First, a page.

United States District Court, N.D. California, San Jose Division
June 18, 2014
IPVX PATENT HOLDINGS, INC., a Delaware Corporation, Plaintiff,
VOXERNET, LLC, a Delaware limited liability company, Defendant.
ORDER DENYING DEFENDANT'S MOTION TO REQUIRE PLAINTIFF TO POST AN UNDERTAKING
[Re: Docket No. 64]
HOWARD R. LLOYD, Magistrate Judge.
Defendant Voxernet, LLC (Voxernet) moves in this patent infringement action for an order requiring plaintiff IPVX Patent Holdings, Inc. (IPVX) to post an undertaking in the amount of $749, 000 to cover attorney's fees and costs that Voxernet expects to incur through claim construction and early summary judgment proceedings. IPVX opposes the motion. After the motion hearing, and with leave of court, both sides submitted supplemental briefing as to the Supreme Court's decision in Octane Fitness, LLC v. ICON Health and Fitness, Inc. , 134 S.Ct. 1749 (2014). Upon consideration of the moving and responding papers, as well as the arguments of counsel, the court denies the motion.
IPVX sues for alleged infringement of United States Patent No. 5, 572, 576, entitled "Telephone Answering Device Linking Displayed Data with Recorded Audio Message" (the 576 patent). The complaint originally was filed by Klausner Technologies, Inc. (Klausner) in the Eastern District of Texas on March 20, 2012, and the 576 patent expired eleven days later. Klausner subsequently assigned to IPVX all right, title, and interest in the 576 patent. After VoxerNet's motion to change venue was granted, the case was then transferred here and assigned to this court.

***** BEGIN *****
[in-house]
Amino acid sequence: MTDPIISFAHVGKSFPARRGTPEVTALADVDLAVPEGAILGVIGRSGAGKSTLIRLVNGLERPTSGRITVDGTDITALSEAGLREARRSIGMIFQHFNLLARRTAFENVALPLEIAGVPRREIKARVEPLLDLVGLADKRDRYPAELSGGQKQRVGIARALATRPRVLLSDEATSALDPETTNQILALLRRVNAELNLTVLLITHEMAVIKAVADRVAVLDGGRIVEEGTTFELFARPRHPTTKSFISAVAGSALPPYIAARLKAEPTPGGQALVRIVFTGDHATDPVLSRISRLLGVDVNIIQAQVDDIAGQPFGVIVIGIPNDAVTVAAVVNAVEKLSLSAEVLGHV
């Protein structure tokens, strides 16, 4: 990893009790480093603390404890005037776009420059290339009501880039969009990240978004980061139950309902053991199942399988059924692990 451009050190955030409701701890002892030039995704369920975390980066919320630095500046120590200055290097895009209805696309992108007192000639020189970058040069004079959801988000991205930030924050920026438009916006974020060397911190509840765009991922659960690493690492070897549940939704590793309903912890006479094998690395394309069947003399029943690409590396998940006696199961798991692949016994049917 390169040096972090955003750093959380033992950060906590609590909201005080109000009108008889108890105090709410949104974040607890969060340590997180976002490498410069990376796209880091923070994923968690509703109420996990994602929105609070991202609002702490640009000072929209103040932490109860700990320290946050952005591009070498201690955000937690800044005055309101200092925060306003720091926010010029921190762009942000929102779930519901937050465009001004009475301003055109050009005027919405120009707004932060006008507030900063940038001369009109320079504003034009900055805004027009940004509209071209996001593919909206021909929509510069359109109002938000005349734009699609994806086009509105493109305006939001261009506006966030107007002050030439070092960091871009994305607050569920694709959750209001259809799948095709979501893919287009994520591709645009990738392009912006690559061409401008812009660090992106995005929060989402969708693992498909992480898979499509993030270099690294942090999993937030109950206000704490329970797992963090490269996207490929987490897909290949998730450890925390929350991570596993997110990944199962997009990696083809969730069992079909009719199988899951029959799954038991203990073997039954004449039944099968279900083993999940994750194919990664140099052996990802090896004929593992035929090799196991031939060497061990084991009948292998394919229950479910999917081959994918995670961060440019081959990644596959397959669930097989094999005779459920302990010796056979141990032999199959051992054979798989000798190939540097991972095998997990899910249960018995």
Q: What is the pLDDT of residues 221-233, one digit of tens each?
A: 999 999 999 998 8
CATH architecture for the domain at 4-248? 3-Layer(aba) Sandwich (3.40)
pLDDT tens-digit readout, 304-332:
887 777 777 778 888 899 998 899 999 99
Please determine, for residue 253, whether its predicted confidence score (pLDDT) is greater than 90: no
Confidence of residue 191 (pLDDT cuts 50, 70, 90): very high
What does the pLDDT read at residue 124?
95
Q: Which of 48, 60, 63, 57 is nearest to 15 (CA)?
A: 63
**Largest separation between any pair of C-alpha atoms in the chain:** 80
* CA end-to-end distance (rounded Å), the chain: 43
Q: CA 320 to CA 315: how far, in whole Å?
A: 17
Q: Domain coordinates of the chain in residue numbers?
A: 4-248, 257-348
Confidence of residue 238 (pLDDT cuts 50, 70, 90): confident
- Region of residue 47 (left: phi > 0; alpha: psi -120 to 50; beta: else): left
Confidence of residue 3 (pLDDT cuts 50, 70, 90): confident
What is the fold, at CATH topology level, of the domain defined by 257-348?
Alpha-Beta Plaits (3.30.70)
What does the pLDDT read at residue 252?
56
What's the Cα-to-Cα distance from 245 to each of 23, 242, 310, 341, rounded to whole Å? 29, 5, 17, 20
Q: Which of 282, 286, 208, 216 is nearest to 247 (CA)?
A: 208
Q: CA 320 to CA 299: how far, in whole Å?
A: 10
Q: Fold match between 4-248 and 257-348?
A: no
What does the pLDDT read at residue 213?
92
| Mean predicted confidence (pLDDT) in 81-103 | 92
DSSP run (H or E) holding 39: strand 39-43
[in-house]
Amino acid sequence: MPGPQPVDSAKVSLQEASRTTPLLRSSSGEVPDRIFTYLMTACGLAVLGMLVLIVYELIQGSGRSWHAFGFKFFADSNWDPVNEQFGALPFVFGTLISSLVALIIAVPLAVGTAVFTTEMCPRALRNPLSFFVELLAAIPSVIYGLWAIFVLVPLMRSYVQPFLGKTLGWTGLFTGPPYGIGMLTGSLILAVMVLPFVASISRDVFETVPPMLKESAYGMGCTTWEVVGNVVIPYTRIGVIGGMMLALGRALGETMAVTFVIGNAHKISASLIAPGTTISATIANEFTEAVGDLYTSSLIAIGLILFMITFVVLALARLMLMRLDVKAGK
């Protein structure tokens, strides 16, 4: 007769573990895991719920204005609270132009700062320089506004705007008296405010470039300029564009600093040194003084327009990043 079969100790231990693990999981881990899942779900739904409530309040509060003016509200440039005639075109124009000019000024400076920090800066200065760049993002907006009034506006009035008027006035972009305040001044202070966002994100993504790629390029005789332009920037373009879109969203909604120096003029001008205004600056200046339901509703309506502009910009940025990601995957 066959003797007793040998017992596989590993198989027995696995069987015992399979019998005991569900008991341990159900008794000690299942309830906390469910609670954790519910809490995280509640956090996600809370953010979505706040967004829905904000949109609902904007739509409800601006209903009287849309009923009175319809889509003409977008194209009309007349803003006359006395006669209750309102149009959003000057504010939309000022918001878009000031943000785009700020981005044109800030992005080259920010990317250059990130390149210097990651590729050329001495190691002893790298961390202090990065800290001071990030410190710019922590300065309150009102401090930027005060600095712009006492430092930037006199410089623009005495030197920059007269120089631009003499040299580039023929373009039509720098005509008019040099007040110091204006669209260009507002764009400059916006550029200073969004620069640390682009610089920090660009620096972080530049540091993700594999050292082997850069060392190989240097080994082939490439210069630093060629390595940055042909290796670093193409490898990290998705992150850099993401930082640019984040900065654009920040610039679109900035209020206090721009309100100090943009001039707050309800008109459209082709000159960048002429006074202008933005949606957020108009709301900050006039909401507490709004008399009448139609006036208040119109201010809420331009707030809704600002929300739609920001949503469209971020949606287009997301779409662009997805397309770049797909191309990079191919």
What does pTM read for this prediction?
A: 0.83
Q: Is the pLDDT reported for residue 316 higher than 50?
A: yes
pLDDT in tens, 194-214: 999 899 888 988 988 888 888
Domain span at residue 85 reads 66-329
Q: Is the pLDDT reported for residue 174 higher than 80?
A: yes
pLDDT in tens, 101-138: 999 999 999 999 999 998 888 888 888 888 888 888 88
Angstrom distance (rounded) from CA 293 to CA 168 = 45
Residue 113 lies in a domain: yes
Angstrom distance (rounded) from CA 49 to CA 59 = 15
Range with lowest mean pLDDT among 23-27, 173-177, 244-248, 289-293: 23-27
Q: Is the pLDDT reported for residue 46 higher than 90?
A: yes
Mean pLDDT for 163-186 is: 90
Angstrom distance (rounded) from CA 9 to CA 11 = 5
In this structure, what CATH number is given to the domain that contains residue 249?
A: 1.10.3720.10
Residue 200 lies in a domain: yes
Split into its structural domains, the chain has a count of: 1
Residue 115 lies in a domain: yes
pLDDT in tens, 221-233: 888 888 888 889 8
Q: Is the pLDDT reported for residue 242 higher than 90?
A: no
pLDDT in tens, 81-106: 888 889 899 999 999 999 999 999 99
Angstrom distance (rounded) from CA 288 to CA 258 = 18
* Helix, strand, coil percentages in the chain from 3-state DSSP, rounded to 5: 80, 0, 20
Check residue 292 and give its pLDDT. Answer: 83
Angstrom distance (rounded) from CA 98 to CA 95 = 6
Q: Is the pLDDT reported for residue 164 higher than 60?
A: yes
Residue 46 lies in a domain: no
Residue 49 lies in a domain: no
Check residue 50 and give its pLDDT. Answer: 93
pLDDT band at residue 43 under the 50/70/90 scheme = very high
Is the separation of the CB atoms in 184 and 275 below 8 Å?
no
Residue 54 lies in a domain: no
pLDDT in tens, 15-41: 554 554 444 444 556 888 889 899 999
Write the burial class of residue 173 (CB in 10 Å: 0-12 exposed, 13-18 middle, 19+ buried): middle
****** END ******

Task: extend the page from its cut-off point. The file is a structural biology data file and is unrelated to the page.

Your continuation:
Pointing out that IPVX has sued a host of others for alleged infringement of the 576 patent, Voxernet says that IPVX is a "patent assertion entity" (PAE)-more commonly (and pejoratively) known as a "patent troll"-that should be required to put its money where its mouth is. Defendant claims that IPVX has been vague about its financial health and resources; and, if Voxernet should prevail in this matter, defendant expresses concern that IPVX might disappear, leaving defendant without recourse to recover its fees and costs.
The basis of Voxernet's motion is California Code of Civil Procedure § 1030, which governs the state of California's practice re security for costs and attorney's fees. There is no specific federal rule governing the matter, and IPVX questions § 1030's applicability here. But, federal courts, either by rule or by case-to-case determination, follow the forum state's practice. Simulnet East Associates v. Ramada Hotel Operating Co. , 37 F.3d 573, 574 (9th Cir. 1994). Section 1030 provides, in relevant part:
(a) When the plaintiff in an action or special proceeding resides out of the state, or is a foreign corporation, the defendant may at any time apply to the court by noticed motion for an order requiring the plaintiff to file an undertaking to secure an award of costs and attorney's fees which may be awarded in the action or special proceeding. For the purposes of this section, "attorney's fees" means reasonable attorney's fees a party may be authorized to recover by a statute apart from this section or by contract.
(b) The motion shall be made on the grounds that the plaintiff resides out of the state or is a foreign corporation and that there is a reasonable possibility that the moving defendant will obtain judgment in the action or special proceeding. The motion shall be accompanied by an affidavit in support of the grounds for the motion and by a memorandum of points and authorities. The affidavit shall set forth the nature and amount of the costs and attorney's fees the defendant has incurred and expects to incur by the conclusion of the action or special proceeding.
Cal. Code Civ. Proc. § 1030(a), (b).